Here it is since 1880 versus GISS Temp. An increase to 2003 of about 0.1C (versus the GISS temp increase from 1880 to 2003 of 0.7C or 15%). I imagine GISS will have reduced this number to 0.0C now with the currently quiet Sun – the same numbers they used for the early 1900s.

  43. Bob Tisdale “the intensity and frequency of positive and negative ENSO events are not equal and preparing the running total of the data created a curve that mimicked global temperature anomaly.”

    One way of analyzing this would be as a random walk. Even flipping a fair coin, there are long runs of heads(tails) that make it appear that the coin is biased. It could be the same here, over a very long term El Nino and La Nina occur in equal numbers but we just happen to have come through a period where the random fluctuations created a string of El Ninos.

  44. George: Thanks for the thought-provoking response, which I will consider more thoroughly when I have the time… research, kids, teaching, admin… aaaagh!

  45. Bob

    Very interesting stuff which I will have to wade through a few times to get the complete idea.

    A question:

    On graph 15 for example the red title says:

    West Pacific- Atlantic-East Indian SST……

    and the text says:

    East Pacific, Atlantic, and West Indian Oceans (red curve)

    I’m confused by this (nobody else seems confused!!). Am I missing something? (It is the same on your web site)

  46. Stephen Wilde seems surprised at how quickly the atmosphere reacts to solar input compared to the oceans, but the answer seems clear: The atmosphere weighs a lot less than the oceans. It therefore heats up quicker, and cools down quicker. A cooler atmosphere is going to suck dissipated heat from the ocean quicker too.

    Bob has shown us a mechanism at work. The heat was hiding away from our thermometers, already stored in the ocean from years ago. It’s very sensible that he sticks to elucidating the data and doesn’t speculate on the source. Others can pick up the football and run with it.

    Personally, I think the sun provides it, the atmosphere transmits most of it in, the oceans store it, the weather releases and dissipates it, and the atmosphere transmits it out again. Bob’s patient and careful work has found the big battery which stores it away from our sst and land and satellite measurements.

    The IPCC attributes 0.1C to solar over the C20th. This will be because they weren’t measuring the increase in the Pacific Warm Pool, and correlating it to the heightened C20th solar cycles.

    The further ramification of this revelation is that changes in cloud albedo would only have to be small globally, and a bit larger in the region of the PWP to have a profound feedback effect on the earth’s energy balance.

    Maybe the next thing to look at is how much of the heat in the warm pool is insolated locally, and how much arrives by eddying out of passing currents coming from far away.

  47. Bill Illis,

    Thanks for the solar link. I hadn’t seen that one before but a 0.1C solar effect out of a total change in temperature over the period of 0.7C suits my ideas just fine.

    It gives an adequate background trend over which one can overlay the oceanic effects detailed in Bob’s work. It is also not a lot more as a proportion of total observed warming than Leif conceded. He suggested a maximum solar contribution of 10% but, hey, we are all guessing at this stage.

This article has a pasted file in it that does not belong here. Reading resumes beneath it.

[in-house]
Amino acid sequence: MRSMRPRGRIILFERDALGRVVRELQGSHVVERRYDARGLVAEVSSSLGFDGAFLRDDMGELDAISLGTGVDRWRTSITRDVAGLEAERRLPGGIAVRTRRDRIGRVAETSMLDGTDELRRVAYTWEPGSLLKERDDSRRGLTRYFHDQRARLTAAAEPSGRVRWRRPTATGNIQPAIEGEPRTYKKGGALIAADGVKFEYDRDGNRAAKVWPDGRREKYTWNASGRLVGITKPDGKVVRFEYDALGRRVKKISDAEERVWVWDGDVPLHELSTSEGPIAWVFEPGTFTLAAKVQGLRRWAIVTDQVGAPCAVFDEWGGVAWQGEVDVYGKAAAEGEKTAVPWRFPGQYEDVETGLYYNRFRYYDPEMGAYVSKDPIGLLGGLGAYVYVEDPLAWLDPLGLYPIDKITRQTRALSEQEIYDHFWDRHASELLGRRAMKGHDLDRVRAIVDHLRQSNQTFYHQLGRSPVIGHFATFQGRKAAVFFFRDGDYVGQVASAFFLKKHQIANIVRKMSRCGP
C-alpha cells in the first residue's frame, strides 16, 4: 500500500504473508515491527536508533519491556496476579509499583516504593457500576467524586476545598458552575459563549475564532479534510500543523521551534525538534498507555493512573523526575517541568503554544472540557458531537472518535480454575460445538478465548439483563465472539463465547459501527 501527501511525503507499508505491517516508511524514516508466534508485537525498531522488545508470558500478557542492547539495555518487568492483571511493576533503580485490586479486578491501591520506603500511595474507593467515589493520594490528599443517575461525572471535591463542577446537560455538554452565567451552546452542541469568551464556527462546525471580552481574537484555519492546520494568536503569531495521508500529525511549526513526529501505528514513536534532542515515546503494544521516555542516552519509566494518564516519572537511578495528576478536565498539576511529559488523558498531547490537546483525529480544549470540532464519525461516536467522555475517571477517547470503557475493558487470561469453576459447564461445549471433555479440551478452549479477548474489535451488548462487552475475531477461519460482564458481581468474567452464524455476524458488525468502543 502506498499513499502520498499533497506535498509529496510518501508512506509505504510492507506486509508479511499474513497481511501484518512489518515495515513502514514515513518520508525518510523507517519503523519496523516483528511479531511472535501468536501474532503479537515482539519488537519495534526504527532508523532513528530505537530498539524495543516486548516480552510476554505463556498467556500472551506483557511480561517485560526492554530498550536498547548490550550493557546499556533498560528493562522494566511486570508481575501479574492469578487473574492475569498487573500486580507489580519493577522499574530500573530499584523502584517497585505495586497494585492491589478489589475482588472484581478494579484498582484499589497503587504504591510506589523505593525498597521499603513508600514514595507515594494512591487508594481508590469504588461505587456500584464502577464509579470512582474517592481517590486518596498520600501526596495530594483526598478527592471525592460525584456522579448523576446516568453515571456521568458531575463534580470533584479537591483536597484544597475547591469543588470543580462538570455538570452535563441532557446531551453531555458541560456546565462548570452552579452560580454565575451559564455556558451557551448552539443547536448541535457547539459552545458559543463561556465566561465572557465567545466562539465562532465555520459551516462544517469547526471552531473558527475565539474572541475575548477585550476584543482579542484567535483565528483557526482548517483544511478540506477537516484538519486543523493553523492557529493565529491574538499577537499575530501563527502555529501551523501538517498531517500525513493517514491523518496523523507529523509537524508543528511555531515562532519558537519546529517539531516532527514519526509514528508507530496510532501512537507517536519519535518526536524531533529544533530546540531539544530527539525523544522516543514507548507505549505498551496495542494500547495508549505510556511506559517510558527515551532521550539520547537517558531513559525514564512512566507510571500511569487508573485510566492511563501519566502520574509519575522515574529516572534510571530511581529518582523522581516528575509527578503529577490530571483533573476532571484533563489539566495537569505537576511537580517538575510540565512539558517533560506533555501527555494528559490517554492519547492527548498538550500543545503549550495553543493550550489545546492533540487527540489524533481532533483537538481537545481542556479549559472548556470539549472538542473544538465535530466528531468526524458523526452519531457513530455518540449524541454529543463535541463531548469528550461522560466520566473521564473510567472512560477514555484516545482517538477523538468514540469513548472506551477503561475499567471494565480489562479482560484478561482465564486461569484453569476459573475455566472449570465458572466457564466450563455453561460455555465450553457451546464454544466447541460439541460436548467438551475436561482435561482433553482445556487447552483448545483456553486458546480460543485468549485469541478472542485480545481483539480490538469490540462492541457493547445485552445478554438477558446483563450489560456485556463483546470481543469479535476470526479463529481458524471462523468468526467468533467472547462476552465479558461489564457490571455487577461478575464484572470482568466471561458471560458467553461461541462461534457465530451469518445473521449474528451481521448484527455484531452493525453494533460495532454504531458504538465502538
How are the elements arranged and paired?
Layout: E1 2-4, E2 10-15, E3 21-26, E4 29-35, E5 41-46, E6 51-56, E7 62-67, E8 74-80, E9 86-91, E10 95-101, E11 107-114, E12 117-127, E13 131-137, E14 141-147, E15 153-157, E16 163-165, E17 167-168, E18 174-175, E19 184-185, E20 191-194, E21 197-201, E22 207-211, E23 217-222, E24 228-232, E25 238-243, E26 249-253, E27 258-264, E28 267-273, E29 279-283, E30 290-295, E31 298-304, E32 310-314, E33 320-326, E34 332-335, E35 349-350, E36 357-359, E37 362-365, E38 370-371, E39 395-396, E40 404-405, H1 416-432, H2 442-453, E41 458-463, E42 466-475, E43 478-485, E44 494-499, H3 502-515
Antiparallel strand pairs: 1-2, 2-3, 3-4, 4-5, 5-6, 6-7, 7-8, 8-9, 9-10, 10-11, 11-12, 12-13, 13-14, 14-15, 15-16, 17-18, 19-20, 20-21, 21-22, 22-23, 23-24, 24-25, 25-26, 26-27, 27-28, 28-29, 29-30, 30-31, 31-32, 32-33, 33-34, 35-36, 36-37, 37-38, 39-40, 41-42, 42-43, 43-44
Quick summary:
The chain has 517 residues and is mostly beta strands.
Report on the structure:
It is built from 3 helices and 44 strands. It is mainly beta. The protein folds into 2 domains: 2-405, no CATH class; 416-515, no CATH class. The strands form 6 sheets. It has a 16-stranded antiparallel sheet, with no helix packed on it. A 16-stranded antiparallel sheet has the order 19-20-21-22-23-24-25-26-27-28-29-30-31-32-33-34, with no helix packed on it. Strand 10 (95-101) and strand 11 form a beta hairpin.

It would be useful to know the scale of the average oceanic amplification or suppression of any background solar signal. As a first guess I’ve suggested elsewhere that a multiple of 5 times either way would explain all observed temperature trends without involving any CO2 effect.

  48. One further thought: does anyone know how much volcanic activity there is on the ocean floor below the pacific warm pool, and how much energy it releases into the ocean above it? Do we know from basic principles whether it is lots of orders of magnitude less than the amount of energy being dissipated via the mechanism Bob has identified?

  49. Steve Hempell: You wrote, “On graph 15 for example the red title says:
    West Pacific- Atlantic-East Indian SST……
    and the text says:
    East Pacific, Atlantic, and West Indian Oceans (red curve)”

    Steve, THANK YOU for finding those typos. And, of course, since I cut and pasted the titles, the error on one got transferred to all. The text in the post (East Pacific-Atlantic-West Indian Ocean) is correct, the coordinates in the graph title (60S-65N, 180-80E) are correct, and most importantly the data for the datasets are correct, but the titles for the “Red Curves” in those 6 graphs, unfortunately, are wrong. They should read “East Pacific-Atlantic-West Indian Ocean”. Then I repeated the error in the supplemental graphs.

    I am making the corrections now.

    Thanks again.

  50. Bob: you’re wellcome.

    Feel free to mail if you wanto to talk about it (WUWT is fully authorised to disclose my mail to you)

  51. Am I missing something? Bob’s post is titled: Can El Nino Events Explain All of the Global Warming Since 1976? Then he goes into great depth to discuss the sea surface temperatures of the oceans (11 SST graphs in total), the heat distribution and the suppression of the effects by volcanic eruptions.

    But nowhere he makes the link to the global temperature record, which after all includes land surface temperatures as well. He doesn’t show any global surface temperature anomaly graph. Only in his closing remarks he mentions out of the blue between brackets: (“and global surface temperature”). He also concludes that El Nino events are the result of “warm water that was once below the surface of the Pacific Warm Pool (and not part of the instrument temperature record) is driven to the surface and eventually returned to the surface of the East Indian and West Pacific Oceans (making it a significant part of the instrument temperature record).”